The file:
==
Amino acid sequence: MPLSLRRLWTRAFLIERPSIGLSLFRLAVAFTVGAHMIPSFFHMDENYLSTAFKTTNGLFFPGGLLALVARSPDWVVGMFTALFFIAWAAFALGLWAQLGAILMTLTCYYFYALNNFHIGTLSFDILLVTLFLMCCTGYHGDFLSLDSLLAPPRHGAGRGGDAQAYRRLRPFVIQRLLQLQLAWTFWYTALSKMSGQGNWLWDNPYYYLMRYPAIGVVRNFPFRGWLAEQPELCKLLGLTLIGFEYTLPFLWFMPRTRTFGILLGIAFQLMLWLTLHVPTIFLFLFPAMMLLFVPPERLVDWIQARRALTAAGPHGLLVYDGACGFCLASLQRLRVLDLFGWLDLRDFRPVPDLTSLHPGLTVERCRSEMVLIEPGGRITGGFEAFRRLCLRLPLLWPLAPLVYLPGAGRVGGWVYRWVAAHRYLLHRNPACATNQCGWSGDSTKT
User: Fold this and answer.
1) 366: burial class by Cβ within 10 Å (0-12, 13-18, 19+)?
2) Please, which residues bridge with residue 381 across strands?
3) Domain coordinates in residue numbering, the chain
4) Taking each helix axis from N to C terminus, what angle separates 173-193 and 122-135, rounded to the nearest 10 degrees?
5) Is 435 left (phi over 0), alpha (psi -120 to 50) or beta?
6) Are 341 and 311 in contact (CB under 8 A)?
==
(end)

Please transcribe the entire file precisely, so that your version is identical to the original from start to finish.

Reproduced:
Amino acid sequence: MPLSLRRLWTRAFLIERPSIGLSLFRLAVAFTVGAHMIPSFFHMDENYLSTAFKTTNGLFFPGGLLALVARSPDWVVGMFTALFFIAWAAFALGLWAQLGAILMTLTCYYFYALNNFHIGTLSFDILLVTLFLMCCTGYHGDFLSLDSLLAPPRHGAGRGGDAQAYRRLRPFVIQRLLQLQLAWTFWYTALSKMSGQGNWLWDNPYYYLMRYPAIGVVRNFPFRGWLAEQPELCKLLGLTLIGFEYTLPFLWFMPRTRTFGILLGIAFQLMLWLTLHVPTIFLFLFPAMMLLFVPPERLVDWIQARRALTAAGPHGLLVYDGACGFCLASLQRLRVLDLFGWLDLRDFRPVPDLTSLHPGLTVERCRSEMVLIEPGGRITGGFEAFRRLCLRLPLLWPLAPLVYLPGAGRVGGWVYRWVAAHRYLLHRNPACATNQCGWSGDSTKT
User: Fold this and answer.
1) 366: burial class by Cβ within 10 Å (0-12, 13-18, 19+)?
2) Please, which residues bridge with residue 381 across strands?
3) Domain coordinates in residue numbering, the chain
4) Taking each helix axis from N to C terminus, what angle separates 173-193 and 122-135, rounded to the nearest 10 degrees?
5) Is 435 left (phi over 0), alpha (psi -120 to 50) or beta?
6) Are 341 and 311 in contact (CB under 8 A)?